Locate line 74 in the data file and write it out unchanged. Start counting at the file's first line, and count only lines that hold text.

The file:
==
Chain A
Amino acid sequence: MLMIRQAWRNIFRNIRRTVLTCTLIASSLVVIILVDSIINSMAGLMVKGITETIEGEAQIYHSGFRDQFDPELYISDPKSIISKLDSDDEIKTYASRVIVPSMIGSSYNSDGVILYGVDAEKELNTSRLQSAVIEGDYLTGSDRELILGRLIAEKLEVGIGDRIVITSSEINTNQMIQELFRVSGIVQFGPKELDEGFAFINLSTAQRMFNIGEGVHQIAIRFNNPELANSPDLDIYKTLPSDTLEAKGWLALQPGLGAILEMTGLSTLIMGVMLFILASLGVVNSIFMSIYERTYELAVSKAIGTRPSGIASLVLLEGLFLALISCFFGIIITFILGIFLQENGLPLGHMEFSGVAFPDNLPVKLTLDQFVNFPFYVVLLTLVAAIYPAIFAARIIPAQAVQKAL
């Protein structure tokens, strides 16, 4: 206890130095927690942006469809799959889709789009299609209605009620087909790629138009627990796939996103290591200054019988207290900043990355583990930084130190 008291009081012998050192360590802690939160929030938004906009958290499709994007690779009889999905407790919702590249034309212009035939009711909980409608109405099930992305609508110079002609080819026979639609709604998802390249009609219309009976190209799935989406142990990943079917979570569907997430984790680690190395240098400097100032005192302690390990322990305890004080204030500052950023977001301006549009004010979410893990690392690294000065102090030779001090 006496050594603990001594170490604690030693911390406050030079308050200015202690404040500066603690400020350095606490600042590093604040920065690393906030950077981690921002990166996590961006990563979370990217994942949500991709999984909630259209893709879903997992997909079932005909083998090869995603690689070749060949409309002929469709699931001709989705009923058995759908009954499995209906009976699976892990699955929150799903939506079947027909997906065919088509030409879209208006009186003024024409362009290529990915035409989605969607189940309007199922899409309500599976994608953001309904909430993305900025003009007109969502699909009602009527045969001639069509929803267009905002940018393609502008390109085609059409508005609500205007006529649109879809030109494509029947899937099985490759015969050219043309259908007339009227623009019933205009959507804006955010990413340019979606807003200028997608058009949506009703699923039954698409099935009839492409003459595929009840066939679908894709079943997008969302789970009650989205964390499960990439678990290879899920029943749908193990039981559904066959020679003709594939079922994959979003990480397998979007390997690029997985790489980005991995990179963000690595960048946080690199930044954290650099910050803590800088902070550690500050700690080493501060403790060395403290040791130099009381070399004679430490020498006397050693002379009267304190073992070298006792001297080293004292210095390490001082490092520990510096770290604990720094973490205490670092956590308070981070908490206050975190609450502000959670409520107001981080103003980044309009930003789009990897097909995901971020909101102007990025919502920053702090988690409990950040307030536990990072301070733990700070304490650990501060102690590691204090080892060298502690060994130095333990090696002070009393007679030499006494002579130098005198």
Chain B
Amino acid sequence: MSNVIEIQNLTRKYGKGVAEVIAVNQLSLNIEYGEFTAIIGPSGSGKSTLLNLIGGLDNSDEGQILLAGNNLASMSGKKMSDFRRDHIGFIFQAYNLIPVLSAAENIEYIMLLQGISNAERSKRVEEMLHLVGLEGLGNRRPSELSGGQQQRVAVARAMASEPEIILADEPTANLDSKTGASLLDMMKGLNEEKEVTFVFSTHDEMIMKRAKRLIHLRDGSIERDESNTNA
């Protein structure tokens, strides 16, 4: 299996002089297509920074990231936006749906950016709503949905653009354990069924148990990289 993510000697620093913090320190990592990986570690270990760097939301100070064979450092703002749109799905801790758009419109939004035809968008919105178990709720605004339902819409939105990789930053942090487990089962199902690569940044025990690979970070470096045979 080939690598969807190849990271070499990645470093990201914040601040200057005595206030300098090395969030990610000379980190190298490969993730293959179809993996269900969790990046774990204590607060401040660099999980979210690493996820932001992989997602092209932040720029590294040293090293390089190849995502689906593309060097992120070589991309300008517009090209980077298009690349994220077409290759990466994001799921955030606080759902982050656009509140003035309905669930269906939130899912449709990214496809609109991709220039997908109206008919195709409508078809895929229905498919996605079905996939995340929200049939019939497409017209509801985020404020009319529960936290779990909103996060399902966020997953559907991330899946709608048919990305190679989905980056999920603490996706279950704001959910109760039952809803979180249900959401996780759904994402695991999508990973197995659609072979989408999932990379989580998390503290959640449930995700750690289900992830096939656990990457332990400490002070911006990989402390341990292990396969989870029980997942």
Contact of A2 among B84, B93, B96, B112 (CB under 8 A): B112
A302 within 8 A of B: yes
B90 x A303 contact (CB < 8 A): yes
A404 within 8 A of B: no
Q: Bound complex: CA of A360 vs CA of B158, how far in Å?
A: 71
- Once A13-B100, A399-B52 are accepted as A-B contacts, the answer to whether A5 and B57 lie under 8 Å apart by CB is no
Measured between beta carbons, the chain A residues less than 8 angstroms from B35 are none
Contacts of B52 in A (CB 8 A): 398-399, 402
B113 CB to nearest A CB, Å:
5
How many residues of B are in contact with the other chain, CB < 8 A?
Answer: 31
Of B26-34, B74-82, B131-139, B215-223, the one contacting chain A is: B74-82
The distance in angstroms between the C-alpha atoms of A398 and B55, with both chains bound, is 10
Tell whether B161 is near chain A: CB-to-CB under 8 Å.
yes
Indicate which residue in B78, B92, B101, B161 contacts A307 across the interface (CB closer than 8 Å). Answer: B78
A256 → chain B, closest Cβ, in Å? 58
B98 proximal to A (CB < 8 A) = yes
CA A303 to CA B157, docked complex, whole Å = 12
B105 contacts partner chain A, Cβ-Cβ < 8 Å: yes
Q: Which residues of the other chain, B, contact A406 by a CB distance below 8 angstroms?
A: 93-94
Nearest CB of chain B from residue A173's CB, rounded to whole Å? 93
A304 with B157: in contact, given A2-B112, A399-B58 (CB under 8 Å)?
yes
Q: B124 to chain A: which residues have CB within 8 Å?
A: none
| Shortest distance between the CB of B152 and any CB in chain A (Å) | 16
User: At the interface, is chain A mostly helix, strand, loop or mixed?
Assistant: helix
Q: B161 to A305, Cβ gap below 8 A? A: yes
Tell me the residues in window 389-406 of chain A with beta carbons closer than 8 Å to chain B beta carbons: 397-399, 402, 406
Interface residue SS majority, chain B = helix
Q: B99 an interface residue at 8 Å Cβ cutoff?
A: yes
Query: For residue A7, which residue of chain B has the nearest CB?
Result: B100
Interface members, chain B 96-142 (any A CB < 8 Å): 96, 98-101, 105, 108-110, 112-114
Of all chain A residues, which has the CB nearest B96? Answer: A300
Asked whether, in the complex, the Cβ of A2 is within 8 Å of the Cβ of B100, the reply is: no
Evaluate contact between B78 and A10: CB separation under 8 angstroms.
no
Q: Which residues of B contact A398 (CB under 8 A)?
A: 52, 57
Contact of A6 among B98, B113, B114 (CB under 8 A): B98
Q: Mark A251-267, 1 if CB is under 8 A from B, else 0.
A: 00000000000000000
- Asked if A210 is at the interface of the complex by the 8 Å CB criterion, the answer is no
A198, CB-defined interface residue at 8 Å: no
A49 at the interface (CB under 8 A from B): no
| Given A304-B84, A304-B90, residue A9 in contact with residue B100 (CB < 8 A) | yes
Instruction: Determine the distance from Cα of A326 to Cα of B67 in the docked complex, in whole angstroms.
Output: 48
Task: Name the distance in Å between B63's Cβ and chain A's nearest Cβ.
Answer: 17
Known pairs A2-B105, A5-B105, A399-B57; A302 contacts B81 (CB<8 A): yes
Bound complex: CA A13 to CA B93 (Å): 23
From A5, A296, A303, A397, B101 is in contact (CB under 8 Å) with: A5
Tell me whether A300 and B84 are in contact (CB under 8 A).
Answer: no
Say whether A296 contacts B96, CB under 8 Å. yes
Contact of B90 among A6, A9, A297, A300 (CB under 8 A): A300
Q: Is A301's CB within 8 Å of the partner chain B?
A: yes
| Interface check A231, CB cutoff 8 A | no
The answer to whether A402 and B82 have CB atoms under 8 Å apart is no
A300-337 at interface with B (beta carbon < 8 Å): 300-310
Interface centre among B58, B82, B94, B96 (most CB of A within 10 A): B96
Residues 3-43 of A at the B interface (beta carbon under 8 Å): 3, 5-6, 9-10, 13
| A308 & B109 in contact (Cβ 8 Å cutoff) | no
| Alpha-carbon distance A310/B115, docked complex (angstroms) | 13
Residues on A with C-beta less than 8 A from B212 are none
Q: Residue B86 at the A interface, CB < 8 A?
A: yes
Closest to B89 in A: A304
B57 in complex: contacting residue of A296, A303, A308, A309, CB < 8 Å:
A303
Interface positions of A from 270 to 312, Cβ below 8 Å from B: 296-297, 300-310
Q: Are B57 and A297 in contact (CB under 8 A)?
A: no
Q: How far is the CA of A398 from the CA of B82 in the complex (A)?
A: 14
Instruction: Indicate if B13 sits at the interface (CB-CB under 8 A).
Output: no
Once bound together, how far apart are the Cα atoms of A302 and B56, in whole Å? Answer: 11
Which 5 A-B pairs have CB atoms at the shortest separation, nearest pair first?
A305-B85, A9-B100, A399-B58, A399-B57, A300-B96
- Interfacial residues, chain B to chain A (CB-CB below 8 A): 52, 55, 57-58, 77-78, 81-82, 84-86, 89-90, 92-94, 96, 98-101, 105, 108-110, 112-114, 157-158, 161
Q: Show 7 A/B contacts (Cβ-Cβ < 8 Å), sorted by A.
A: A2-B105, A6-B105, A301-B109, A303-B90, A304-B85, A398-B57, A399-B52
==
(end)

The answer to whether A402 and B82 have CB atoms under 8 Å apart is no